changes as a result of prior clustering during recall [LK14].
They found evidence that temporal clustering is greater immediately after
transitions with short lags compared to long lags. The `lag_crp_compound()`

analysis calculates conditional response probability by lag, but with the
additional condition of the lag of the previous transition.

```
In [7]: crp = fr.lag_crp_compound(data)
In [8]: crp
Out[8]:
subject previous current prob actual possible
0 1 -23.0 -23.0 NaN 0 0
1 1 -23.0 -22.0 NaN 0 0
2 1 -23.0 -21.0 NaN 0 0
3 1 -23.0 -20.0 NaN 0 0
4 1 -23.0 -19.0 NaN 0 0
... ... ... ... ... ... ...
88355 47 23.0 19.0 NaN 0 0
88356 47 23.0 20.0 NaN 0 0
88357 47 23.0 21.0 NaN 0 0
88358 47 23.0 22.0 NaN 0 0
88359 47 23.0 23.0 NaN 0 0
[88360 rows x 6 columns]
```

The results show conditional response probabilities as in the standard
lag-CRP analysis, but with two lag columns: `previous`

(the lag
of the prior transition) and `current`

(the lag of the current
transition).

This is a lot of information, and the sample size for many bins is very small. Following [LK14], we can apply bins to the lag of the previous transition to increase the sample size in each bin. We first sum the actual and possible transition counts, and then calculate the probability of each of the new bins.

```
In [9]: binned = crp.reset_index()
In [10]: binned.loc[binned['previous'].abs() > 3, 'Previous'] = '|Lag|>3'
In [11]: binned.loc[binned['previous'] == 1, 'Previous'] = 'Lag=+1'
In [12]: binned.loc[binned['previous'] == -1, 'Previous'] = 'Lag=-1'
In [13]: summed = binned.groupby(['subject', 'Previous', 'current'])[['actual', 'possible']].sum()
In [14]: summed['prob'] = summed['actual'] / summed['possible']
In [15]: summed
Out[15]:
actual possible prob
subject Previous current
1 Lag=+1 -23.0 0 2 0.000000
-22.0 0 2 0.000000
-21.0 0 4 0.000000
-20.0 0 6 0.000000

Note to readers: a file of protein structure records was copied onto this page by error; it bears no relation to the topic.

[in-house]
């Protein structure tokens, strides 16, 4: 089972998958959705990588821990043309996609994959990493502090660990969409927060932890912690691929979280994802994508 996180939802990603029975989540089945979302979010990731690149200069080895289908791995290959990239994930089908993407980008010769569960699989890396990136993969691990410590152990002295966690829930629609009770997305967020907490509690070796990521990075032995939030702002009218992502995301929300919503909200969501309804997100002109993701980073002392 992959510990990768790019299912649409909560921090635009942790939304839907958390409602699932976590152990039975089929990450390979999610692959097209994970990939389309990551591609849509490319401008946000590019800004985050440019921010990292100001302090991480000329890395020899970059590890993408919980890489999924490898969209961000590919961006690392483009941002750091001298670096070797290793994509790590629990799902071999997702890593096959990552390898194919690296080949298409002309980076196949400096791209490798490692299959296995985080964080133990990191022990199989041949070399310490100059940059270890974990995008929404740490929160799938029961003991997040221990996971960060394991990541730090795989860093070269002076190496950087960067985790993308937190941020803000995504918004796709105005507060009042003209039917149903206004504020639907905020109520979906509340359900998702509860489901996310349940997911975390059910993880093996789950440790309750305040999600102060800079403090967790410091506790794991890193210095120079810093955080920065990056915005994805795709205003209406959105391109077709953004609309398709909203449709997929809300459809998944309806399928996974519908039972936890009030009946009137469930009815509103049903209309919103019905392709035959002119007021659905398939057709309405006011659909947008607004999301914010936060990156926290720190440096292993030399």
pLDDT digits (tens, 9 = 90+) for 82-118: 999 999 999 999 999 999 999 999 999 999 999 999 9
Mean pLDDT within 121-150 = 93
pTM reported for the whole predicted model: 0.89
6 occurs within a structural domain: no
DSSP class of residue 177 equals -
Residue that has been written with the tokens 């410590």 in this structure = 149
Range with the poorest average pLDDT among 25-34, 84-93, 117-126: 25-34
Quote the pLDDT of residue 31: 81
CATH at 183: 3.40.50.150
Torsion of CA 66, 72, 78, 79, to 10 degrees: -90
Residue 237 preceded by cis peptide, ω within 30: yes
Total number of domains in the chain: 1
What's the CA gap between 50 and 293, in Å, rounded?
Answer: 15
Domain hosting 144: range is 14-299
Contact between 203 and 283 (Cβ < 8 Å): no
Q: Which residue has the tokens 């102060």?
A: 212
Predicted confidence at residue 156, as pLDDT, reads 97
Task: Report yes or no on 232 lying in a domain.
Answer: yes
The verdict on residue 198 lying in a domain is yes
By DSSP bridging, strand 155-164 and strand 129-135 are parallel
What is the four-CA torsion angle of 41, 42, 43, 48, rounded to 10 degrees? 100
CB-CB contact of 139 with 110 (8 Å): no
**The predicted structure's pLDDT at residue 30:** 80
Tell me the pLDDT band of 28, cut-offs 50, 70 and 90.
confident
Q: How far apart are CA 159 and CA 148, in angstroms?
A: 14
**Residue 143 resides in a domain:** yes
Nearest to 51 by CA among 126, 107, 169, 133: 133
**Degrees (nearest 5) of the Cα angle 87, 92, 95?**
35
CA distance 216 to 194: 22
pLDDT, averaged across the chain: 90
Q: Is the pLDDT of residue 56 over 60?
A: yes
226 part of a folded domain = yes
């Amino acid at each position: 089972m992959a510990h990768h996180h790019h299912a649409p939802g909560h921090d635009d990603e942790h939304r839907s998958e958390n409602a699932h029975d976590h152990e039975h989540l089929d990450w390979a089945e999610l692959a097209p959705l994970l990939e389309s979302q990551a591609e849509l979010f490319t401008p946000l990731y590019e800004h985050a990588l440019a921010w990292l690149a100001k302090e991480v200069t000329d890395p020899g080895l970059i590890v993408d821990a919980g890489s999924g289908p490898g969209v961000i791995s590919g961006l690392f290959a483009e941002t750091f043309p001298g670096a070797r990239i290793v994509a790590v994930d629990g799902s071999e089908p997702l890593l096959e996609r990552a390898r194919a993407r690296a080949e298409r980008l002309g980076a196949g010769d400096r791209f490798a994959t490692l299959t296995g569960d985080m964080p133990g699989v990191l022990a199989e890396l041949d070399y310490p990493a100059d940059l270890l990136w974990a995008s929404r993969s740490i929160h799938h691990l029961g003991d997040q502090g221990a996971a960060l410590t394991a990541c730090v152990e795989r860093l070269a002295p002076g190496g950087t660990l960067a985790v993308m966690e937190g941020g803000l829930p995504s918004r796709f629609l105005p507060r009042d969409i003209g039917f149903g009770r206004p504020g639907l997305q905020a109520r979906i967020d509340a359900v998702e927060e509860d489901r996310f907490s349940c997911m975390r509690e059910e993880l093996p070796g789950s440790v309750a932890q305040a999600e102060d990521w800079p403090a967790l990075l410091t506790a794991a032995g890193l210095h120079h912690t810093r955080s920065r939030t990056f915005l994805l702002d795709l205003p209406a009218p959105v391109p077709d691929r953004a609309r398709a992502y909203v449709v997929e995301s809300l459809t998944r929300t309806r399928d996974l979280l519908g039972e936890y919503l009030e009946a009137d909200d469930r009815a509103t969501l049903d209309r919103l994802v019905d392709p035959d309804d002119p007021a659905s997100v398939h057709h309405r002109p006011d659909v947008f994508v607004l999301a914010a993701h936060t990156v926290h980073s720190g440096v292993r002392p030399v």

-19.0 1 7 0.142857
... ... ... ...
47 |Lag|>3 19.0 1 30 0.033333
20.0 2 19 0.105263
21.0 1 14 0.071429
22.0 0 7 0.000000
23.0 0 2 0.000000
[7520 rows x 3 columns]
```

We can then plot the compound lag-CRP using the standard
`plot_lag_crp()`

plotting function.

```
In [16]: g = fr.plot_lag_crp(summed, lag_key='current', hue='Previous').add_legend()
```

Note that some lags are considered impossible as they would require a repeat of a previously recalled item (e.g., a +1 lag followed by a -1 lag is not possible). For both of the adjacent conditions (+1 and -1), the lag-CRP is sharper compared to the long-lag condition (\(| \mathrm{lag} | >3\)). This suggests that there is compound temporal clustering.

## Lag rank#

We can summarize the tendency to group together nearby items by running a lag
rank analysis [PNK09] using `lag_rank()`

.
For each recall, this determines the absolute lag of all
remaining items available for recall and then calculates their percentile
rank. Then the rank of the actual transition made is taken, scaled to vary
between 0 (furthest item chosen) and 1 (nearest item chosen). Chance
clustering will be 0.5; clustering above that value is evidence of a
temporal contiguity effect.

```
In [17]: ranks = fr.lag_rank(data)
In [18]: ranks